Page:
One of the activities we shared with our Italian colleagues in the Salerno LTTA was Art Therapy.

The students of 2nd, 3rd and 5th grade of our school  inspired by European film soundtracks as well as the Erasmus song, which was  created by all the European partner schools, took their crayons and put their thoughts, feelings and the images triggered by the music on paper.

This activity combined music, art creativity and personal expression aiming at cooperation and relaxation.

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Mr. Leonard’s Fourth Class really enjoyed discussing and displaying different feelings during circle time, all with the help of some Kimochis at the Claddagh National School

Mr. Leonard’s Fourth Class really enjoyed discussing and displaying different feelings during circle time, all with the help of some Kimochis.

We first discussed the various feelings, talking about how some of them were simple and some of them were more complicated; how we liked some and didn’t like others. We also recognised that everybody experiences all different sorts of feelings, and that they are all perfectly normal.

Next, using the Kimochis, we picked four different feelings we would like to examine during the session: brave, sensitive, left out and silly. Taking turns, we passed the Kimochi chart around the room and, at first, completed the sentence: “I feel X when…”

On the next round, we added some fun by adding a demonstration of the feeling before finishing the sentence. The children really enjoyed acting out times when they felt brave (see pictures)!

In the next session, we went on to discuss possible reactions to different emotions, e.g. how feeling left out can often lead to jealousy, which causes us to act in ways that hurt other people. We role-played more positive reactions to feelings we didn’t like.

Overall, these activities were greatly enjoyed by the children, and one of the interesting things about them was that the children got to see that everyone – even their teacher! – experiences all different types of feelings.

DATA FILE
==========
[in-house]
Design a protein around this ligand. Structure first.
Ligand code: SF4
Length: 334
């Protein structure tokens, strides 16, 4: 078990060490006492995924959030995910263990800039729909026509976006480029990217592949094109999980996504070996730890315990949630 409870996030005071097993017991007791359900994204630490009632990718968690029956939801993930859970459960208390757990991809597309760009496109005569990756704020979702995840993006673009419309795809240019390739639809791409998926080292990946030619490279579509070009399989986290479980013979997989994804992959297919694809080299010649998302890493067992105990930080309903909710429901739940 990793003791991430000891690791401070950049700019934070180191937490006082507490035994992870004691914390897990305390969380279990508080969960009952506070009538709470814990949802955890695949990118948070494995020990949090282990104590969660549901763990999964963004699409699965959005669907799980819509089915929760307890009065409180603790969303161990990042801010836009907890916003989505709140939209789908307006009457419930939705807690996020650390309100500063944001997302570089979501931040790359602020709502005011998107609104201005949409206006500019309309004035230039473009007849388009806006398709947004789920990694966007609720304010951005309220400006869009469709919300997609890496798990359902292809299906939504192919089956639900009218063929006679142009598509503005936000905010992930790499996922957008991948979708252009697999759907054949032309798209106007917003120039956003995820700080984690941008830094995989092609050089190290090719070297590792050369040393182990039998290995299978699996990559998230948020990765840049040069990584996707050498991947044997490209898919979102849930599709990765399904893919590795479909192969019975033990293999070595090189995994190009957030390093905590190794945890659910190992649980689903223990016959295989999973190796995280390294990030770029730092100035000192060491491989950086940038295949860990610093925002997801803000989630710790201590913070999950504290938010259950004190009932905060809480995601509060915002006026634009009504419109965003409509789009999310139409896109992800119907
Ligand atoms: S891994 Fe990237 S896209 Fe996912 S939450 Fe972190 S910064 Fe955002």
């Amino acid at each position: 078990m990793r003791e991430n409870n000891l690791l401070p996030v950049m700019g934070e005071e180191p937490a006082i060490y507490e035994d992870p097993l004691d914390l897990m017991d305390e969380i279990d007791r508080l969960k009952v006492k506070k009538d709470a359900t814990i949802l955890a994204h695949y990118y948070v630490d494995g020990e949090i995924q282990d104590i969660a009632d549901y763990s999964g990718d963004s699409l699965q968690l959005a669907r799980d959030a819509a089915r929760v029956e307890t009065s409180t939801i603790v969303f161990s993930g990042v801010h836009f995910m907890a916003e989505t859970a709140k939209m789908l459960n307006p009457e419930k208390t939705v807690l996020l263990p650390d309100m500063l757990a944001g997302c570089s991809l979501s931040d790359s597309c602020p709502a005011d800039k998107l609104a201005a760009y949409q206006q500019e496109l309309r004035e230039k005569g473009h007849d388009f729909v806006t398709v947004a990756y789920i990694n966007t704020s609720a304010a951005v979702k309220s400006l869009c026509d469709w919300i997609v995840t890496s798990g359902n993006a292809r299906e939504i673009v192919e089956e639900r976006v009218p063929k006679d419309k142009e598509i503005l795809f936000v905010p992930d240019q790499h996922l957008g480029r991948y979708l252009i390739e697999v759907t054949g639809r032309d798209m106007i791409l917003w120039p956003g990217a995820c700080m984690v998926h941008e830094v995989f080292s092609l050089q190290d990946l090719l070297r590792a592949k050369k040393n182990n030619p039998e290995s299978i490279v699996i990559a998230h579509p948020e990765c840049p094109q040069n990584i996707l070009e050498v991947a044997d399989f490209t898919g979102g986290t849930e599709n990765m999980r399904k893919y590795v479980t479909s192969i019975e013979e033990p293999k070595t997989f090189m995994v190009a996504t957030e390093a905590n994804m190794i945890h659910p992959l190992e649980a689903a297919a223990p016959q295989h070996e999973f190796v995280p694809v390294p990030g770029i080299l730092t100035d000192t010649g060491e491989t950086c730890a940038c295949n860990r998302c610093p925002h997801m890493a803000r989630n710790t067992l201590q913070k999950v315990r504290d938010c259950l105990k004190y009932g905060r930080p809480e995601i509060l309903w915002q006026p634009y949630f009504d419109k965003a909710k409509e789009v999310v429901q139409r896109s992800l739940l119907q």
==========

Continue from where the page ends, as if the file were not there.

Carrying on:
Sirtaki, Zorba’s dance… (A42)

Zorbas” (or more commonly, “Zorba’s Dance“) is a song by Greek composer Mikis Theodorakis.[1] The song featured in the 1964 film Zorba the Greek, for which Theodorakis wrote the soundtrack,[2] and became popular around the world. It is now commonly played and danced to in Greek tavernas. The film’s track has since been recorded as a standalone song by many different musicians from around the world.[3]

The 6th grade students of the 11th Primary School of Haidari are dancing in the school yard.

Podaraki (Greek: Ποδαράκι) is a Greek dancing song from the region of Pontos, as well as the northern Thrace. The dance is called Podaraki (meaning “small foot” in Greeks) because it involves much stomping with the Podia (feet) of the dancer. It is danced both by men and women usually in an open circle, and rarelly in straight line. It’s a female song, also called μπάτε “κορίτσια στο χορό” mpate koritsia sto horo (meaning go girls for dance), from its lyrics, in where a supposed girl calls the other girls to go for dance and to have fun before marrying. In its second half, after expressing the traditional critic against both her husband and her mother and father-in-law for not letting her go for dance and fun the supposed girl explains how she avenges both them and her children for that.

New posters for our project! (A43)

The pupils of the sixth grade of 11th Primary School Haidari created their own posters for our Erasmus H.A.P.P.E.N.S program . The three posters are related to the three topics the children have been working on for the past two years: sports, mental health and balanced nutrition. Once the posters were ready, they hung them on the school walls and in other areas of the city of Haidari. In this way, they wanted to share the things they learned with the rest of the students and with their neighbours as well.

Well done guys! Excellent work!